A longtime Bangor-area OB/GYN specialist is leaving his post this spring as doctor at one of the city’s independent obstetrics and gynecology practices.
Dr. Paul Smith announced he will retire from his position at Bangor OB/GYN on Memorial Day, after practicing for 45 years during which he delivered as many as 8,000 babies.
Smith, 71, moved to Bangor 19 years ago after his hospital in Tacoma, Washington, closed its labor and delivery ward. Prior to that, Smith served as an Army OB/GYN specialist for 22 years, work that took him to Germany, South Korea, Washington and Texas.
Smith said he devoted his life to women’s health because the field can be “vulnerable, invasive, uncomfortable and icky, and to help a woman get through that as gently as possible is the kind thing to do.”
“Even after 45 years, delivering a baby is still a miracle,” Smith said. “All the pieces that God or Mother Nature or whoever your divine force is come together and there’s a brand new human being there. It’s amazing.”
Over 45 years, Smith said the most exciting and valuable advancement he has witnessed is ultrasound imaging technology.
When he was completing his residency at Walter Reed military hospital near Washington, D.C., he said the ultrasound machine’s screen was about the size of an iPhone and showed only how the fetus was positioned, if the heart was beating and the placenta’s location.
Smith said the level of information modern ultrasound machines provide “has transformed the specialty and is valuable beyond words.”
While technology has advanced by leaps and bounds, Smith said he’s concerned about medical committees that enforce policies on doctors that dictate what treatments patients should receive. Smith said those policies “encroach on the judgment of someone who’s been doing this for decades and I think that’s a hazard.”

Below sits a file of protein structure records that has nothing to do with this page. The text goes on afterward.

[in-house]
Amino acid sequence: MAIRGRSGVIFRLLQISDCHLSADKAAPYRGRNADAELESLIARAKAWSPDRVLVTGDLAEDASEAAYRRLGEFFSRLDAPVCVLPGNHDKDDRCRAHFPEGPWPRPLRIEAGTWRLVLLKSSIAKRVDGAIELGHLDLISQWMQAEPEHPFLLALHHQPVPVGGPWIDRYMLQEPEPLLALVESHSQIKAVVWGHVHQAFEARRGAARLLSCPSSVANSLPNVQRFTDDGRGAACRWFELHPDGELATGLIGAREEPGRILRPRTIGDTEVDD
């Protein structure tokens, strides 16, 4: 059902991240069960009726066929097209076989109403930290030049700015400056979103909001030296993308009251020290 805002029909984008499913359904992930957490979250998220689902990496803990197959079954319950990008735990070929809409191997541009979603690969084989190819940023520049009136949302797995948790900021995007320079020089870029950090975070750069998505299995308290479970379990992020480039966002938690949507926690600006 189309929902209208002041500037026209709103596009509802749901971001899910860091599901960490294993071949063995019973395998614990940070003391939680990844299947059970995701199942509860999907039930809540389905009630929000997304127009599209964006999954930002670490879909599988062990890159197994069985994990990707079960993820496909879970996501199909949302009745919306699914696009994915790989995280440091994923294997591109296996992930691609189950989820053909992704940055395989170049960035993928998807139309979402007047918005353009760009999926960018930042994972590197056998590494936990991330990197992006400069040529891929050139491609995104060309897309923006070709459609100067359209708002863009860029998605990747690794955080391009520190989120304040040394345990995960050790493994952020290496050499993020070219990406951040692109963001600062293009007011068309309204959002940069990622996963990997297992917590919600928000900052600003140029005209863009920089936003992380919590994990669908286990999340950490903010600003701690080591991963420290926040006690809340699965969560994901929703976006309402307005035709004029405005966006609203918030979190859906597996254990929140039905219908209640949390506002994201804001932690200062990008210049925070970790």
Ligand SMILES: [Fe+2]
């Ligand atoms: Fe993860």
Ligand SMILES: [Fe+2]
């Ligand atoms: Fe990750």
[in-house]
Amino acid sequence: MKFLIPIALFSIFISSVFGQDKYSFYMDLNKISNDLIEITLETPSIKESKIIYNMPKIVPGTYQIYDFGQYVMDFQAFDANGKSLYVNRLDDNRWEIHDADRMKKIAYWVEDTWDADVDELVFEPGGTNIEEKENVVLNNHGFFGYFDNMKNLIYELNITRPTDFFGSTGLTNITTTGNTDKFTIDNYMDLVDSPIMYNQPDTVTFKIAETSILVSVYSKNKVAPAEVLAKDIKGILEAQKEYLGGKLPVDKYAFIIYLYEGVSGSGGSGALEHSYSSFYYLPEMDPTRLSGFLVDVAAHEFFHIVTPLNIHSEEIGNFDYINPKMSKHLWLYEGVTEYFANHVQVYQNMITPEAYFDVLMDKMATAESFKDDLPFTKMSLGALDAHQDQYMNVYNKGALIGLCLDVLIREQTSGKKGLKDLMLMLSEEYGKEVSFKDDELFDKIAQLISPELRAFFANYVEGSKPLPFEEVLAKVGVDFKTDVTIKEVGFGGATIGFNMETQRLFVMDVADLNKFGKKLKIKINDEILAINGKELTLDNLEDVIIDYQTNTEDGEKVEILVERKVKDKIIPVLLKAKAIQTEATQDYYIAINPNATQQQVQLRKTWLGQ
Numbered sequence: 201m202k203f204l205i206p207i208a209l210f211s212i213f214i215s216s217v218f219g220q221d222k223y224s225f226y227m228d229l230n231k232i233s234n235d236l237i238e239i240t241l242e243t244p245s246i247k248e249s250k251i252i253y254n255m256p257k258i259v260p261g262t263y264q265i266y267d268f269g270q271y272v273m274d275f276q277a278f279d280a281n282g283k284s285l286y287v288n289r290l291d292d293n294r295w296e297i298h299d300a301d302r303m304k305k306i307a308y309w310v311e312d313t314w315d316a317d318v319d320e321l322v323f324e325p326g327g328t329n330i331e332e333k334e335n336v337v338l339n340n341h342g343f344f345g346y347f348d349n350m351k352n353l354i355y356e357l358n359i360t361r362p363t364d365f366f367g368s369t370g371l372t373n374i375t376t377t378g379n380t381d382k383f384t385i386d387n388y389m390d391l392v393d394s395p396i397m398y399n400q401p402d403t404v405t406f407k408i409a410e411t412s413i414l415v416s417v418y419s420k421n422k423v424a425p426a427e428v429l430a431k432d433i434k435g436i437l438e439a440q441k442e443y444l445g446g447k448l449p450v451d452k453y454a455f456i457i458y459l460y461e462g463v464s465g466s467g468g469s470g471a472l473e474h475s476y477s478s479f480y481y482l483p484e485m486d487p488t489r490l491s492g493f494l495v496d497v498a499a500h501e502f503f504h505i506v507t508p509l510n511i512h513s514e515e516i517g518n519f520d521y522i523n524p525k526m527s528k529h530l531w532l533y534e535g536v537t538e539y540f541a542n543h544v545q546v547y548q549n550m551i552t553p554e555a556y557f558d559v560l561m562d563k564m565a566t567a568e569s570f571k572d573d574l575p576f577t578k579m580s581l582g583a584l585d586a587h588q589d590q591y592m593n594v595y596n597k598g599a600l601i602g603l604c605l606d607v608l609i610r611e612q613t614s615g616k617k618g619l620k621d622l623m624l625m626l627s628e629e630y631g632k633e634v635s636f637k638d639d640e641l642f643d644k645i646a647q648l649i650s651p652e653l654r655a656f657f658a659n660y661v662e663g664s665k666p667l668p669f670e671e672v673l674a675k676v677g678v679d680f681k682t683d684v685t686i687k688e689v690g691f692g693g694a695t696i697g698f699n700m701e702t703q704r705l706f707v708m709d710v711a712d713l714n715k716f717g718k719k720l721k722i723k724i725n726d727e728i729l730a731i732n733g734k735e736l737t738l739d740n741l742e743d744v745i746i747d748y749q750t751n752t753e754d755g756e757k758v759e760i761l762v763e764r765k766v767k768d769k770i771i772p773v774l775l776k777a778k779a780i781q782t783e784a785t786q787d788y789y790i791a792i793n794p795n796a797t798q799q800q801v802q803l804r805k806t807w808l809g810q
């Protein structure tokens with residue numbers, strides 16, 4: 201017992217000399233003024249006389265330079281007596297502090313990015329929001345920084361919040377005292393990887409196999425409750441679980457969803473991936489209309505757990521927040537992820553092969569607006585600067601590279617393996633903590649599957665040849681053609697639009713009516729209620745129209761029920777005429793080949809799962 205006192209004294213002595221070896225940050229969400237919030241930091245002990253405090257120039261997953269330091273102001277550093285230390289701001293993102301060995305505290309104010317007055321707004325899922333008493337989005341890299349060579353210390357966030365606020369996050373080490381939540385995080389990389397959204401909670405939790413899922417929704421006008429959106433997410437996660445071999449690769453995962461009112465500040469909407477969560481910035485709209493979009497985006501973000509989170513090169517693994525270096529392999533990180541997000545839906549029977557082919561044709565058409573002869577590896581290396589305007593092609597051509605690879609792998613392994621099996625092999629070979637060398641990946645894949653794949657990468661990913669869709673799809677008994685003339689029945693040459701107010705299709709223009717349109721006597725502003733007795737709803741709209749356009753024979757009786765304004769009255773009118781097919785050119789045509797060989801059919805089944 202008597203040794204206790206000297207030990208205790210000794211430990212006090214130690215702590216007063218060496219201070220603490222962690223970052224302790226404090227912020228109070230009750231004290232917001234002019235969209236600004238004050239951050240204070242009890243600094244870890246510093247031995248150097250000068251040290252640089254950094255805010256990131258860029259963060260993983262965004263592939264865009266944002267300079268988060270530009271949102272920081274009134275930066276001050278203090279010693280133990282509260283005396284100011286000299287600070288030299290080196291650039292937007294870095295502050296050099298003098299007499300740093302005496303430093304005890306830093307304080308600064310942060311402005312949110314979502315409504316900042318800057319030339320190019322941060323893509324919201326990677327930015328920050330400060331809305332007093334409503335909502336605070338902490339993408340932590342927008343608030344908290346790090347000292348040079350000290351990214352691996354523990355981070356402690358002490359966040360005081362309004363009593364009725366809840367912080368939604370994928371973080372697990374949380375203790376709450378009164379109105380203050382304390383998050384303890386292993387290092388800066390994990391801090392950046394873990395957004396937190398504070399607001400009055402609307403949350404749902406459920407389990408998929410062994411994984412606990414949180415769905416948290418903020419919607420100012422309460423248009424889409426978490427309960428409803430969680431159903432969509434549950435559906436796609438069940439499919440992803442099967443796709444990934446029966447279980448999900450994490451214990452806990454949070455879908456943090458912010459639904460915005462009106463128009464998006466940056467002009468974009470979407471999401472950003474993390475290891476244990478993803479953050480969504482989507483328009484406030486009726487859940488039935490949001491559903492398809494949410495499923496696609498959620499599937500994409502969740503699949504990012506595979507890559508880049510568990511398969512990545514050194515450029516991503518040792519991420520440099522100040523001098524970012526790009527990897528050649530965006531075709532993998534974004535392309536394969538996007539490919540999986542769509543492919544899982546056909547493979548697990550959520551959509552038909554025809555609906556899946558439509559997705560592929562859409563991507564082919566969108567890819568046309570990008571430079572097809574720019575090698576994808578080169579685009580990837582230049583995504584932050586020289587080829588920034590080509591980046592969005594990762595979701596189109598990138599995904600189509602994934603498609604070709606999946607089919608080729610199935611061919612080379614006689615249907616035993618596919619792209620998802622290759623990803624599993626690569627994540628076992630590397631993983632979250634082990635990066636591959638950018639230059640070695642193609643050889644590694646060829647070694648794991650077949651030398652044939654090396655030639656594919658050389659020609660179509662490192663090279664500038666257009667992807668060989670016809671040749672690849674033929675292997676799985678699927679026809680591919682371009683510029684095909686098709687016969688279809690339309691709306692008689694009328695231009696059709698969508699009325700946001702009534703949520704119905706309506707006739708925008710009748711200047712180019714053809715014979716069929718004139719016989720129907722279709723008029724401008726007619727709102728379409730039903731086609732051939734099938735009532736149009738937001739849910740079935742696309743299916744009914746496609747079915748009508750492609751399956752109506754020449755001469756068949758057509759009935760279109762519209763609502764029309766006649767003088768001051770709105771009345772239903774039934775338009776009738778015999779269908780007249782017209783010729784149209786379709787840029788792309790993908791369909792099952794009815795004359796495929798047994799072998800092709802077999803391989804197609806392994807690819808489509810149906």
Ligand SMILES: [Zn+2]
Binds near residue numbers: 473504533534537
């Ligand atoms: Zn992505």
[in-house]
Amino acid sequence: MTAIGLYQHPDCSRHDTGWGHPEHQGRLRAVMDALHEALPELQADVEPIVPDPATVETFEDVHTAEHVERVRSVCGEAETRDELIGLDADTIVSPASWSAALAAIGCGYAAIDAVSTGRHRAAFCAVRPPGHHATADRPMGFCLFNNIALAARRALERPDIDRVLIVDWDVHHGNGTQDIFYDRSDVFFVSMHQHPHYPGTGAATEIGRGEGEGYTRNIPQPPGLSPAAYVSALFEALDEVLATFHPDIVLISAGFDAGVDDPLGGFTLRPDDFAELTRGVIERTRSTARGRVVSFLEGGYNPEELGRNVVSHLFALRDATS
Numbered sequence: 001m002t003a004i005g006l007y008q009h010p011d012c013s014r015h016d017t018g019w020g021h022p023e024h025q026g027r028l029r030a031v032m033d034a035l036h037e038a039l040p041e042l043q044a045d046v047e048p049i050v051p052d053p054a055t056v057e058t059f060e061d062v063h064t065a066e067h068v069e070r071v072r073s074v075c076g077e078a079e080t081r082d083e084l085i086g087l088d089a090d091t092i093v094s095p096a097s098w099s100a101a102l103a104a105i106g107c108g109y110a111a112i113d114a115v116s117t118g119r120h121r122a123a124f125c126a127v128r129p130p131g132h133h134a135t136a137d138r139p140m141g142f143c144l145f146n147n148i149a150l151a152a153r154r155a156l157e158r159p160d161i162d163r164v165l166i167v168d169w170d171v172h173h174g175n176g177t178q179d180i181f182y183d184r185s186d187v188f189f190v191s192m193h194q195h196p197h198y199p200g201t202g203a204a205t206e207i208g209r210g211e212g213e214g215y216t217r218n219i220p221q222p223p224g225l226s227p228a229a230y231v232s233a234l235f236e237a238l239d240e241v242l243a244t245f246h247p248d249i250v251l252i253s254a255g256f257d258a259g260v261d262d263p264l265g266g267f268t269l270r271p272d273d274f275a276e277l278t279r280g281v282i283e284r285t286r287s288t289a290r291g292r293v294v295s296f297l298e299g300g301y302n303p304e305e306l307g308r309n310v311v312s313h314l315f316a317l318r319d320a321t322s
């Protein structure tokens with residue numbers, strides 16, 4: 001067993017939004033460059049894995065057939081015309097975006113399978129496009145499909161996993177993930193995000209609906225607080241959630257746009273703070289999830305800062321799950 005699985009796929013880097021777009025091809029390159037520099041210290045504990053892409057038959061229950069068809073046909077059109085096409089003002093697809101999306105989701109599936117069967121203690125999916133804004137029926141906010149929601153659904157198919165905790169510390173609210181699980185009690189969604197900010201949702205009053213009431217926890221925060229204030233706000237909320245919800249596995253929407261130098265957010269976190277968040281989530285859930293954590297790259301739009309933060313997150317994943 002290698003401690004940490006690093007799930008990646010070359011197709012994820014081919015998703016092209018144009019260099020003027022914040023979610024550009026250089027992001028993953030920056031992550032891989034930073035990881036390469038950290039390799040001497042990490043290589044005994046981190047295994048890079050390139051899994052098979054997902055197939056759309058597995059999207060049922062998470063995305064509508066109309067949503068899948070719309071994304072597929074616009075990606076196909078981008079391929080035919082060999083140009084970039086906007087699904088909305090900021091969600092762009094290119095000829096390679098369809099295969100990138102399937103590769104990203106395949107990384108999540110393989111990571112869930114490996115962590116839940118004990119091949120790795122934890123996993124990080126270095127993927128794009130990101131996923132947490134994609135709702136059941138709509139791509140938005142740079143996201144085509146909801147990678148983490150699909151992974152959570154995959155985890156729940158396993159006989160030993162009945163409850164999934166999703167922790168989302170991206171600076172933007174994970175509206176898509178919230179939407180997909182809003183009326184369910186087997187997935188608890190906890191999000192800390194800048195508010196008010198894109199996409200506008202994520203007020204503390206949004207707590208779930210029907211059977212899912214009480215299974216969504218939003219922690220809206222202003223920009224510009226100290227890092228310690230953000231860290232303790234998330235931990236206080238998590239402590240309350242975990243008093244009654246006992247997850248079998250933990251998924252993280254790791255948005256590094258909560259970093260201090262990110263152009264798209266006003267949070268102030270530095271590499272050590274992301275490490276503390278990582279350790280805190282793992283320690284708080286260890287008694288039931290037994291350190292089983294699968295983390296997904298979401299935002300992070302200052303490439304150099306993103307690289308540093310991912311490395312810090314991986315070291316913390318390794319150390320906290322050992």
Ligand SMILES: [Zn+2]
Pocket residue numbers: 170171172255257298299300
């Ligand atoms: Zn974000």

“People who sit in committee meetings have tried to tell me not to do a pap test before age 21 for any reason whatsoever,” Smith said, but he knows delaying standard tests can have consequences that threaten patients’ health.
Smith said he conducted a pap test — a procedure that tests for cervical cancer — on a 19-year-old patient years ago that came back positive. He was able to remove the cancer through a noninvasive surgery.
“If we had waited two more years to do a pap test, she would’ve had an invasive disease,” Smith said. “I think our society is struggling with how to do good medicine and not go broke doing good medicine.”
Following his retirement, Smith said he plans to visit family and work on various home improvement projects. He also wants to get the GloveLite, a glove with a built-in flashlight for which he holds the patent, on store shelves. The product is supposed to help people avoid the challenge of juggling a flashlight while working with their hands in dark spaces.
Correction: An earlier version of this article contained inaccurate information about future arrangements for Dr. Paul Smith’s patients.